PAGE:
Over the long run, electronic voting on Agora’s platform from one’s own personal device would allow millions of voters to access their ballot from their work or home, causing an expansion in voter turnout. While previously contemplated remote voting technologies have sacrificed privacy, Agora’s technology assures anonymity through its ballot anonymization algorithm.

In addition to this aforementioned convenience, Agora’s technology could solve one of the greatest dangers facing democracy today: security. With an immutable blockchain that distributes voting data across many nodes, Agora provides a publicly auditable data trail that cryptographically proves an election remains untampered.

In addition to its proprietary blockchain, Agora’s Cotena layer copies periodic snapshots of lower layers of Agora’s network to the Bitcoin blockchain to provide immutable security to all voting data. Altering data is only as possible as hacking the Bitcoin network itself, which does not presently seem likely to occur.

Finally, one of the most revolutionary aspects of Agora is its network’s ability to be audited by third parties and voters themselves. Politically-motivated recounts may vanish, as anyone can audit an election and monitor the results. This open and transparent level of democracy could be transformative.

For these reasons, Agora could be the future of election security.

March 2018: Test Pilot in the Sierra Leone 2018 Presidential Election

In March 2018, Agora deployed its digital voting platform in Sierra Leone’s presidential elections. The process ensured that each vote was unique, secure and logged on Agora’s immutable blockchain.

This election highlights just how important transparency is in voting. Agora’s involvement in Sierra Leone provides legitimacy to their election results and the country’s democratic process, in general.

Agora and its innovative use of blockchain technology is coming at a key time in global politics. Democracies seem to be under attack not only in practice, but ideologically too, as some governments suggest that democracy is inefficient and prone to disruption. Agora could allow democracies to protect themselves from these threats, while maintaining a defensible political system.


The author has had a working or personal relationship with one or more companies mentioned in this article in the past. Access to mentioned company’s management and information was made through the author’s personal network. All information was vetted prior to posting.


This essay is not intended to be a source of investment, financial, technical, tax, or legal advice. All of this content is for informational purposes only.

How Agora Will Use Blockchain to Bring True Democracy to the World was originally published in Hacker Noon on Medium, where people are continuing the conversation by highlighting and responding to this story.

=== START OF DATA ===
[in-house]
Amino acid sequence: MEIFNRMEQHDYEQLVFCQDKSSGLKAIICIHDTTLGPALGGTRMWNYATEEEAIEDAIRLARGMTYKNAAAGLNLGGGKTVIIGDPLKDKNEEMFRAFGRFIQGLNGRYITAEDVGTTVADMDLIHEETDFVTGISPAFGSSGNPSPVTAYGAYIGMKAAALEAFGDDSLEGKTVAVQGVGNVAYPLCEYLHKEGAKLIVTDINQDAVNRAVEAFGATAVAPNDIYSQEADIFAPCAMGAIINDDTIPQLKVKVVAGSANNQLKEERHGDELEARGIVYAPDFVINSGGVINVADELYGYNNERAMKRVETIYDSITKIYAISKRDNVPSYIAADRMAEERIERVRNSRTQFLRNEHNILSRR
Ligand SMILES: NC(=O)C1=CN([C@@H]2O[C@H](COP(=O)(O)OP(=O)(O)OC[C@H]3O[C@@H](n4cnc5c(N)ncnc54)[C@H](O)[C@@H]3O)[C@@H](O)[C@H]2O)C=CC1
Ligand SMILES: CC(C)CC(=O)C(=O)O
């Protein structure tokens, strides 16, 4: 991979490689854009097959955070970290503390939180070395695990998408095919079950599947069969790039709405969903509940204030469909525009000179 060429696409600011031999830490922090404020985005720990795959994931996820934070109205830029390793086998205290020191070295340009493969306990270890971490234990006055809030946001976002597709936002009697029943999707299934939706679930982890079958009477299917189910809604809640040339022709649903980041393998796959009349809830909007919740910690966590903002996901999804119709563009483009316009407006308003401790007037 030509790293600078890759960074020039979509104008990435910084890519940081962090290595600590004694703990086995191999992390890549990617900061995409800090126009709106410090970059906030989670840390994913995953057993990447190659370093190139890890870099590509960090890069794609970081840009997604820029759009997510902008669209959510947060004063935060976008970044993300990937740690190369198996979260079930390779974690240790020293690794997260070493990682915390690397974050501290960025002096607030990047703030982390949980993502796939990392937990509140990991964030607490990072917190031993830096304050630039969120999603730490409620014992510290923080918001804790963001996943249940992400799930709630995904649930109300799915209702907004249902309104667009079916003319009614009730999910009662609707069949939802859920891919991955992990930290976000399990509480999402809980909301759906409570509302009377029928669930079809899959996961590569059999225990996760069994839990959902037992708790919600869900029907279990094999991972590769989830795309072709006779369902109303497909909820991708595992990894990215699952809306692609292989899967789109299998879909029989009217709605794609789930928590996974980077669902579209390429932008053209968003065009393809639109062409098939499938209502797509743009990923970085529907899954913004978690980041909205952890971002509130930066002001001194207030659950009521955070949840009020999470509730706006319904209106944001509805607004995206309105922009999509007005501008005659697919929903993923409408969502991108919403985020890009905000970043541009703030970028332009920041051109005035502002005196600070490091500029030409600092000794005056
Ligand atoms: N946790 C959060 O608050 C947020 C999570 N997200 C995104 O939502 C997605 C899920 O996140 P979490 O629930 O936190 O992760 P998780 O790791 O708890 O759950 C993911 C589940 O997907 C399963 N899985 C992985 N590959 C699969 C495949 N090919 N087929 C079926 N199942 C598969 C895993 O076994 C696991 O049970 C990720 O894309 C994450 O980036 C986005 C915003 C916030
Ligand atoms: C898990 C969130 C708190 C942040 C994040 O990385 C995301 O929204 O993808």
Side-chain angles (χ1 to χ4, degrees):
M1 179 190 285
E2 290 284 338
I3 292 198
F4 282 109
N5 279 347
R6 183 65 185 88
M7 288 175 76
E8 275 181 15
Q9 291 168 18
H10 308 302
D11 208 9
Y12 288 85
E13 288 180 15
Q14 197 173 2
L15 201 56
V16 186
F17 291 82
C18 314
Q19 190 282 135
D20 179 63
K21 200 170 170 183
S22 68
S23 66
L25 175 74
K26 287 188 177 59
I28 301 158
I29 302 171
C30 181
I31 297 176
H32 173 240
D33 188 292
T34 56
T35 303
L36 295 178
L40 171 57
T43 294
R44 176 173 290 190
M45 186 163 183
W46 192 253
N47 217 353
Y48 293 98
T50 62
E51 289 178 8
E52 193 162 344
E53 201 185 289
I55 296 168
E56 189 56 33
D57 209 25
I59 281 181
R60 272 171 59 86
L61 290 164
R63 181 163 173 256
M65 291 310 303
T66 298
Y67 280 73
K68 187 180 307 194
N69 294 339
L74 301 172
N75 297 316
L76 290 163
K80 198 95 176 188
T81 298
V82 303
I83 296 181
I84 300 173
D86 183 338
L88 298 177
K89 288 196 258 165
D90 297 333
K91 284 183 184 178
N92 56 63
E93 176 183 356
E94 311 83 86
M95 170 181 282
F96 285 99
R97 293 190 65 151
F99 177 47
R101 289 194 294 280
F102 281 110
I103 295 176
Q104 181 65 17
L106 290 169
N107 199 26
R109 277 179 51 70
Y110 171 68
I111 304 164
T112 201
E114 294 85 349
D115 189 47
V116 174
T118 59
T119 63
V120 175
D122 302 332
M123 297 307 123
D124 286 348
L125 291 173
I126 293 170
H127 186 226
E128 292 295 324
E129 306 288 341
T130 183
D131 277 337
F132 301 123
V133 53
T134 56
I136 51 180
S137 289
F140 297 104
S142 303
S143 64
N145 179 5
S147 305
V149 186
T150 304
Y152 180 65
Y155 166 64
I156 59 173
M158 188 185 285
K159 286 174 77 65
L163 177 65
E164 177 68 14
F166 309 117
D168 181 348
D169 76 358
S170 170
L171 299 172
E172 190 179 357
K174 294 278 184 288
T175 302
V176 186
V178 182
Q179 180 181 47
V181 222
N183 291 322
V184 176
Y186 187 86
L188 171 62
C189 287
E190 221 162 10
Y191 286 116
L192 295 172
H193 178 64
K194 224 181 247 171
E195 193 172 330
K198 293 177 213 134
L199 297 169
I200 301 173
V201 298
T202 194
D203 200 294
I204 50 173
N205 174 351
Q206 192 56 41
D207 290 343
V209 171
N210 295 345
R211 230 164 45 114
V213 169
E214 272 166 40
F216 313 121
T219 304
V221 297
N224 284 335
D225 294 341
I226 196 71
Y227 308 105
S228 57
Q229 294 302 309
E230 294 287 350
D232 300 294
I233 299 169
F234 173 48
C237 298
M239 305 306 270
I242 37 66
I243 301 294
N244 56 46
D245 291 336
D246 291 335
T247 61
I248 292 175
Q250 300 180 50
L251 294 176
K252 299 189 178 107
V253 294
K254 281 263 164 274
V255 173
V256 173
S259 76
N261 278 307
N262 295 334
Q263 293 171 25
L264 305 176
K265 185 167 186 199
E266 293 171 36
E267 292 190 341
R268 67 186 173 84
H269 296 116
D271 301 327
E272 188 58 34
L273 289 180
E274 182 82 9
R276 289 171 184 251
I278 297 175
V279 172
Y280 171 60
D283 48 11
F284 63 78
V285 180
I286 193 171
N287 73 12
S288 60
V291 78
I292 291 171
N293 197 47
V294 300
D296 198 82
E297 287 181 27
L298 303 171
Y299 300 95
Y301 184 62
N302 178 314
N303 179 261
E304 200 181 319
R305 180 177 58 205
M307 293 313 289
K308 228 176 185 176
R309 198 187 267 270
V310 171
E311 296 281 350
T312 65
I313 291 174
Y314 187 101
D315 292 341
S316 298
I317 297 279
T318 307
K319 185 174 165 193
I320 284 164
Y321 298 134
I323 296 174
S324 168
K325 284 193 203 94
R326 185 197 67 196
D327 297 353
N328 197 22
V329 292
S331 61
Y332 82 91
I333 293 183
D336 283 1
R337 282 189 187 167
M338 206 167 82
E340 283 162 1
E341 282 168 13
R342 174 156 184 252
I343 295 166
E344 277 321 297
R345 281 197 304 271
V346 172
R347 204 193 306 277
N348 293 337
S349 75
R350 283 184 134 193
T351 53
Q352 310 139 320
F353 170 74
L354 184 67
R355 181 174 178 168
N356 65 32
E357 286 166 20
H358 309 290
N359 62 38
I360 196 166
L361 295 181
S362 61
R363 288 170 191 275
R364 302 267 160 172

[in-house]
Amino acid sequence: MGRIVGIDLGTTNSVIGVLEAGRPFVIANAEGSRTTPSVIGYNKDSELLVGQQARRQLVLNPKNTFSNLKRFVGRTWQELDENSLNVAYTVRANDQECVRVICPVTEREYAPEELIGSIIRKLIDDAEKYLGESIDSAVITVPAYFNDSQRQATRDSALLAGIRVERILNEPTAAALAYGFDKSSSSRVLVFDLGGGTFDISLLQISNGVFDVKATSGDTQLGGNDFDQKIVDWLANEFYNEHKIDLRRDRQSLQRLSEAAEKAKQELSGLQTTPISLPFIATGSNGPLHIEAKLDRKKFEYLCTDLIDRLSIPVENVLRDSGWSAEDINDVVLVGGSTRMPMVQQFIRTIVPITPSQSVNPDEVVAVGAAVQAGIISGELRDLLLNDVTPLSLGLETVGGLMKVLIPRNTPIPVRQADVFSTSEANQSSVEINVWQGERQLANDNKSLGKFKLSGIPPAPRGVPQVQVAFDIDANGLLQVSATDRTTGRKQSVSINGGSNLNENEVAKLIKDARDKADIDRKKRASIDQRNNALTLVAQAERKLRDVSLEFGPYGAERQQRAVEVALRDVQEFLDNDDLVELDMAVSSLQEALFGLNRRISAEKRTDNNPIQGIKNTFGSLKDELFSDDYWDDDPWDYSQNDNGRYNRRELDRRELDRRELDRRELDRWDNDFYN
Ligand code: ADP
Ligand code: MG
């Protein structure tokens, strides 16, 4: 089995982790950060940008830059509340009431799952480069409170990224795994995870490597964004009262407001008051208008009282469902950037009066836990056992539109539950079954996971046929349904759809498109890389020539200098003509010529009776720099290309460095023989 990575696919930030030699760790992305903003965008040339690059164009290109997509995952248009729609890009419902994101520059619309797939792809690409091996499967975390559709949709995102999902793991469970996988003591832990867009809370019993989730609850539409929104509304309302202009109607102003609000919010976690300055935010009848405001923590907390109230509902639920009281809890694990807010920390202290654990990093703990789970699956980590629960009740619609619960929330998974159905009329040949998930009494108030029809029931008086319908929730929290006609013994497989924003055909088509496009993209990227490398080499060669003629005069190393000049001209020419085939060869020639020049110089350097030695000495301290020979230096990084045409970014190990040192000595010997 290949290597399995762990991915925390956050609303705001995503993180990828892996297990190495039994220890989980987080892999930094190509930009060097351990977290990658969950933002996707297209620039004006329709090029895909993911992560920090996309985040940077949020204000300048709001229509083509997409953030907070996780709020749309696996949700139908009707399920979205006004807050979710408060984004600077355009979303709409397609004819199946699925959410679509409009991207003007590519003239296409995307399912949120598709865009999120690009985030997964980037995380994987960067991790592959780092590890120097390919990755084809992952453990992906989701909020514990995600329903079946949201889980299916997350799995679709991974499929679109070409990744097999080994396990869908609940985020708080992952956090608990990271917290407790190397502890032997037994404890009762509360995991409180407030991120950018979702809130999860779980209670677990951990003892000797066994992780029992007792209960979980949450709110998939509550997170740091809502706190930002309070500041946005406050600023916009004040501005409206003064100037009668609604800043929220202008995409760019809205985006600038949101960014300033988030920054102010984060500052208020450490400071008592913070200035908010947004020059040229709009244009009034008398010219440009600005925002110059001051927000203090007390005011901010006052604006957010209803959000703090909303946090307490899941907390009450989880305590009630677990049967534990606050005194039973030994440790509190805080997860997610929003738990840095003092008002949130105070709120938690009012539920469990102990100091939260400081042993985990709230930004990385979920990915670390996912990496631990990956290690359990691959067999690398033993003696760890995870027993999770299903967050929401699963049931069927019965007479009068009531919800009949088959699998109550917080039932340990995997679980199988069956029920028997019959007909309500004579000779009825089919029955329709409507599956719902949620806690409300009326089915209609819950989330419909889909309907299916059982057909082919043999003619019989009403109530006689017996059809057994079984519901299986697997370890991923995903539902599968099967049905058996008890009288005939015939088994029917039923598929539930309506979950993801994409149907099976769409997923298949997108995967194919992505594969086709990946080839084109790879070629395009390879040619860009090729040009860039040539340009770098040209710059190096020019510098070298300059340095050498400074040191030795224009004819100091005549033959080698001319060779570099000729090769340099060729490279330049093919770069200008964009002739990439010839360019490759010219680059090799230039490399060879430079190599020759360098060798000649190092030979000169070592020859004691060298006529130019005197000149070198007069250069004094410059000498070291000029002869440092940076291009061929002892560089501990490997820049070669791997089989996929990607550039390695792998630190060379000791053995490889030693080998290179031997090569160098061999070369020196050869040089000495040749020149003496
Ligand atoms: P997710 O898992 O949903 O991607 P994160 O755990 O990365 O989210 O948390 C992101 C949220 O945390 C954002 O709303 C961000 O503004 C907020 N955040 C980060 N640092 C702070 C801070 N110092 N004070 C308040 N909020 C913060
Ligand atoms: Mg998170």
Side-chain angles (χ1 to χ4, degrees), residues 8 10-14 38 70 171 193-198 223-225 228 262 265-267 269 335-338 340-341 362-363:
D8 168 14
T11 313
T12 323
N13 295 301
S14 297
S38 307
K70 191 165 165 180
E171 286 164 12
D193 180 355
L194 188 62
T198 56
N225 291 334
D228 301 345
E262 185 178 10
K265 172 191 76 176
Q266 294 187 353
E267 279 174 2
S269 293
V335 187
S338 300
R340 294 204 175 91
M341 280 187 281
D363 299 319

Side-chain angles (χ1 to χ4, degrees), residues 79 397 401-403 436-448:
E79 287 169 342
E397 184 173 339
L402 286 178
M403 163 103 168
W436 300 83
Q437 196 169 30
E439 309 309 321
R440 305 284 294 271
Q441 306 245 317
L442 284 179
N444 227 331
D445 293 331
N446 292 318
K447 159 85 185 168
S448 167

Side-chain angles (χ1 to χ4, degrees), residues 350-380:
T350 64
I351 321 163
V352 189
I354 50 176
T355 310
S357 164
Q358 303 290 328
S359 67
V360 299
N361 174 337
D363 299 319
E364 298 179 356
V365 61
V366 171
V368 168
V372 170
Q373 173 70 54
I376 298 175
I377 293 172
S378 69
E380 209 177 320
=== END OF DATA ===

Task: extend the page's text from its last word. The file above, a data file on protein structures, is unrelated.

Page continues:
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3 Innovative Ways the Blockchain can Ramp up Your In-game Revenue

2018-03-13 11:51:01

Game development is a high-risk, high-reward business that requires substantial investments in programming, math, and sound and graphic design. So developers are understandably wary of committing to, and spending money on, an additional technology such as the blockchain. The good news is that there are some awesome projects underway aiming to make it easy and seamless to integrate the blockchain into your games.

In-game items and payments are being decentralized. With the right tools, you won’t just get access to helpful new technology. You’ll be opening up your games to a truly global gaming community. However, to do it right, you’re going to have to be part of a massive industry rework.

Making money from games

The Internet has completely changed the economics of the video game industry. It used to be simple; build a game then sell it to players for a fixed price. The development of online gaming has made things more complicated. Players now want to play alongside other players from around the world in games like World of Warcraft, earn in-game currencies and items, trade with each other, and experience constantly evolving virtual worlds. These days, games need investments and development long after release.

Combine this with the fact that development costs are spiraling out of control and that the retail prices for many types of games are actually going down, and you can see why the industry is in need of new ideas. The old economic model doesn’t work in this new environment. Developers are now trying out different ways to make money on their skills and creativity.

Advertising and extra downloadable content are good streams of continuous revenue for some, but many players are frustrated with where this model is heading. We’ll be looking at what might be the most exciting and controversial method being developed in the gaming industry: In-game purchases.

In-game transactions

We’ve all encountered in-game transactions before, especially in mobile game. Many mobile games are free to download and use, but certain features will be locked until you pay. These games are called free-to-play.

Since the 2000s, small in-game “microtransactions” of $1–5 have also started to find their way into console games too. One of the first examples of this business model was the controversial horse armor pack: A $2.50 add-on for The Elder Scrolls IV: Oblivion. The gaming community had mixed reactions to this development. Understandably, some hate the idea of having to pay even more after paying full price for a game. But others love the idea, and they are more than happy to pay for in-game extras. Sometimes they pay hundreds or even thousands of dollars on a regular basis to access these items.

In-game purchases and microtransactions let players spend as much as they want. Many gamers get to play epic games for free or at a heavily discounted price, while the big spenders can splash out new characters and items, paying for the bulk of the game’s development costs in the process. We’ve seen this happen in the mobile market where at one point 50% of mobile game revenue came from just 0.15% of players.